The Messy Sacred by Robyn Jones

House in human hands -- the messy sacred

“Your sacred space is where you can find yourself again and again.” ~ Joseph Campbell

Joseph Campbell wrote often about sacredness, whether sacred spaces, sacred rituals, or sacred living. One definition of “sacred” means connecting with a God or gods, while another means having immense respect or reverence for something. No matter what definition you ascribe to the word “sacred,” it undoubtedly evokes awe. This awe can make us put the idea of sacredness up on a high pedestal, when it is more important that we recognize the sacredness in our everyday lives. We embrace the messy sacred.

In my mind, a sacred space should be pristine, a sunny space with gleaming wood floors and velvety pillows scattered around the floor. My ideal sacred space smells like fresh lemons and has the soft sounds of wind chimes outside an open window. My reality is quite different- my wood floors probably have random tufts of dog and cat fur, and my space is more likely to smell like garlic from last night or my daughter’s overzealous application of Victoria’s Secret body spray. A home shared with two kids, two dogs, two leopard geckos, and a cat will never be pristine, and is much more likely to have a medley of dogs barking and EDM than wind chimes. And yet, this is the messy sacred space where I can find myself again and again.

Sacredness happens every day, and it happens even when the kitchen counters are cluttered. Sacred living occurs even when our space is not perfect, perhaps even because our space is imperfect. If sacredness is connecting with your God or gods, that can happen in even the messiest of places. If you define sacredness as regarding life with reverence and awe, that can take place anywhere. Being present, breathing in, being thank-full, and connecting can all occur in the space that you find yourself again and again.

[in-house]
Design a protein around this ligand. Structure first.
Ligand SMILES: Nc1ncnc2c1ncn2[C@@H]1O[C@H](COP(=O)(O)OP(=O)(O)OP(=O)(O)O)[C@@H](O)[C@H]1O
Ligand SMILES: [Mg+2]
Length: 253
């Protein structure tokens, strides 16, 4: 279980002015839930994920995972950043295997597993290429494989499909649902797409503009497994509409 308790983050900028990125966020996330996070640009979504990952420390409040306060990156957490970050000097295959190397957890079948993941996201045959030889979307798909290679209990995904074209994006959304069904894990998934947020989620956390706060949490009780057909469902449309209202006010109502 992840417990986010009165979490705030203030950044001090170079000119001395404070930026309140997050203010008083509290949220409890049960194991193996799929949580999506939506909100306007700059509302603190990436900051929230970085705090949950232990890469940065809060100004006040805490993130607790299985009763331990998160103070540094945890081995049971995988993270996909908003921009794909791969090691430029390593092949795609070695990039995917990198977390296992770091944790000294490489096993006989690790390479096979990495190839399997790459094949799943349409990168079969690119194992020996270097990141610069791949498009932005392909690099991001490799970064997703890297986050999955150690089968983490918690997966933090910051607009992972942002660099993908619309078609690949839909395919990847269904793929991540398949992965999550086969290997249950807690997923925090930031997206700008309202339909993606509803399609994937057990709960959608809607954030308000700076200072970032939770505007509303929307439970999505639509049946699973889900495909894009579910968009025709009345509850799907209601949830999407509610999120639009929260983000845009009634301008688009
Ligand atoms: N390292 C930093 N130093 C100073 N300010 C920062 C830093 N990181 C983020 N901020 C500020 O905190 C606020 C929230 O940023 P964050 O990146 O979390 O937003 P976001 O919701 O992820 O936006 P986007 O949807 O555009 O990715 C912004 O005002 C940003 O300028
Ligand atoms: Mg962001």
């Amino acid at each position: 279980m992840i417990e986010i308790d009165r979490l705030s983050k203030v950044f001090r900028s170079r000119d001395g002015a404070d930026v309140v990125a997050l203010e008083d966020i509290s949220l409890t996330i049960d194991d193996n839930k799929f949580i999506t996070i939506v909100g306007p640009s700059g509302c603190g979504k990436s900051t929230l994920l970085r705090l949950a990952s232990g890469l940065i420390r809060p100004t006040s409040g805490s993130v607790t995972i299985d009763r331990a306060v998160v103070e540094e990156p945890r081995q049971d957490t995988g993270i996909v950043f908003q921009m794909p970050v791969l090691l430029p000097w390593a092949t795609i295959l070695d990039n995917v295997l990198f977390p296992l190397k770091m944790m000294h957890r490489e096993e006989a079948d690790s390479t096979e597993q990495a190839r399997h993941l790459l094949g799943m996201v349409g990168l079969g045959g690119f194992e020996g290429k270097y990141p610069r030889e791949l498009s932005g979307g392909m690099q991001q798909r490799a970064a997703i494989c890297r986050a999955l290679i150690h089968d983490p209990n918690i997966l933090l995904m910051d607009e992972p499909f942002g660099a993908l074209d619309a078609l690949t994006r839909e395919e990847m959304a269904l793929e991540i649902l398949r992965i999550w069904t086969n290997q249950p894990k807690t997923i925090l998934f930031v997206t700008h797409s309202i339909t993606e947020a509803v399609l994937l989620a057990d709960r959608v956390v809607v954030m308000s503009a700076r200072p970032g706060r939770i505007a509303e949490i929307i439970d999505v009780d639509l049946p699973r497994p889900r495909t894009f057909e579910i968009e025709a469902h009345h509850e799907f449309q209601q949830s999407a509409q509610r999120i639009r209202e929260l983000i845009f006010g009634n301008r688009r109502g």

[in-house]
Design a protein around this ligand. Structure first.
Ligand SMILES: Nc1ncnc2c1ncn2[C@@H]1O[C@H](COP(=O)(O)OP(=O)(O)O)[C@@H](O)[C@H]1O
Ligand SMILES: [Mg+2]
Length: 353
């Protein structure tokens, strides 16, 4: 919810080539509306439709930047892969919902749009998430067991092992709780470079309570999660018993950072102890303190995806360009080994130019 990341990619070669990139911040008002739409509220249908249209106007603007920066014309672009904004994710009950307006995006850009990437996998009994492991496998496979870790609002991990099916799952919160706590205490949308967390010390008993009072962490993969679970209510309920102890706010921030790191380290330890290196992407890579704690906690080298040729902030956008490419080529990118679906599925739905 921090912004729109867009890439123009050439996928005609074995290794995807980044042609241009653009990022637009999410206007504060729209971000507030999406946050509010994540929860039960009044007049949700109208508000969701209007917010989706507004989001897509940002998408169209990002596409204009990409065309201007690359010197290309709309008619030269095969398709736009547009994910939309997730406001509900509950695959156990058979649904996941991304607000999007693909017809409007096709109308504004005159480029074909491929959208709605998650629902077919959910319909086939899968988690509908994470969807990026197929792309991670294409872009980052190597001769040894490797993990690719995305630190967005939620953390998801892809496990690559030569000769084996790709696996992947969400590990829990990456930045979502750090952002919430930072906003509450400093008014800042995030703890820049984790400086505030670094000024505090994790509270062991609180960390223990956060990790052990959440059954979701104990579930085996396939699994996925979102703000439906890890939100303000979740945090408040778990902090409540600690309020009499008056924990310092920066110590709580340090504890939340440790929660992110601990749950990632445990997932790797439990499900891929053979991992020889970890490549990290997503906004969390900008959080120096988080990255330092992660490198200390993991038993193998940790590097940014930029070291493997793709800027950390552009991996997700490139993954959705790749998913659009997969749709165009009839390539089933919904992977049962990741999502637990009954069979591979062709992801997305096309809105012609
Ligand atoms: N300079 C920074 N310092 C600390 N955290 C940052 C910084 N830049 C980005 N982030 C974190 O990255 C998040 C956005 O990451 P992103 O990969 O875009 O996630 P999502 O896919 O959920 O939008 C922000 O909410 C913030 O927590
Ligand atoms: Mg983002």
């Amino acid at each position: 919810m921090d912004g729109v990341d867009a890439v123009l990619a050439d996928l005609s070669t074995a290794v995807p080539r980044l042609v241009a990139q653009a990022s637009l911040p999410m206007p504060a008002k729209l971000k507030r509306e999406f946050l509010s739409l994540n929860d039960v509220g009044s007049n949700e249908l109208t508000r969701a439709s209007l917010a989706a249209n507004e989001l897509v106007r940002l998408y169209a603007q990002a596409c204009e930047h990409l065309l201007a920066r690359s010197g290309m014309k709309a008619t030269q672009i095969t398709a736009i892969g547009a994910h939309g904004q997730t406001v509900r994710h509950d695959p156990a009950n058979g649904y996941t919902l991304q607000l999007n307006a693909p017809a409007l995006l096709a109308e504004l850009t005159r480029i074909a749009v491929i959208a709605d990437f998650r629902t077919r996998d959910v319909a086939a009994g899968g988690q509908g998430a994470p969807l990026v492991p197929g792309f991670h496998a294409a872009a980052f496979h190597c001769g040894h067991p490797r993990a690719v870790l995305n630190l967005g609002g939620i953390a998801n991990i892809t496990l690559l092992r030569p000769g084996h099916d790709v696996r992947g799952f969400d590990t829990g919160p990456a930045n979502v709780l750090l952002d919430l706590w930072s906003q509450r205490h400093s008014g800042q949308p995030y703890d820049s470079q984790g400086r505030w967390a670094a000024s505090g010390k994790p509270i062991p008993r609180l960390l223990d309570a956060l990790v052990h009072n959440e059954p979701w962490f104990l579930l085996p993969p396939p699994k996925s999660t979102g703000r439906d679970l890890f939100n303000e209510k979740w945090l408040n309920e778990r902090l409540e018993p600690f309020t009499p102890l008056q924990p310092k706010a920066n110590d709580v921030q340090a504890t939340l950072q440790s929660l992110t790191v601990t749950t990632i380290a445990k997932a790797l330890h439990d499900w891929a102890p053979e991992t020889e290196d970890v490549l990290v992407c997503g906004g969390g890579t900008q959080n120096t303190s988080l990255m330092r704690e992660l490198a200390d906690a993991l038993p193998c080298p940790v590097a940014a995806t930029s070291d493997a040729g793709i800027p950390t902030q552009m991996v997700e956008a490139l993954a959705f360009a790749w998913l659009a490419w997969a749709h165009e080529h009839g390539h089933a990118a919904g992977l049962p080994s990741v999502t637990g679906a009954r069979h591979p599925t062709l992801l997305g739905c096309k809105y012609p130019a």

Allowing sacredness into your space means letting go of the idea of perfection. Even though bookstores have entire shelves of books equating perfection with sacredness, I think that trying to achieve an unattainable perfection can actually kill sacred living. If we become so enamored of the idea of that pristine space in which we can meditate and breathe, then we elevate it to a plane higher than true sacred living.

As challenging as it is, I am trying to make room for messy sacred space even among my chaos. I try to breathe deeply without getting rid of the garlic smell. I meditate amongst the stacks of kid stuff, knowing that sacred space can be found even in clutter. I work daily on being present and intentional although I live among a menagerie of kids and animals, seeing the fur and piles of kidstuff as signs of plentiful love. I set up a corner in the guest room with soft pillows and wind chimes, knowing that this little spot that I carve out in the imperfection is my sacred space where I can find myself again and again. I feel present as a leopard gecko scampers across my lap, reminding me of how connected we all are. When I feel perfectionist thoughts creeping in, telling me that I need my sacred space to be pristine, I remember that sacredness is most often found nestled amongst the blessed mess.

About the Author:  Robyn Jones is a writer living in the foothills of Colorado. When not writing or blogging, she can be found on the trails with her dogs, digging in her community garden, or with her nose deep in a book. Visit her blog at




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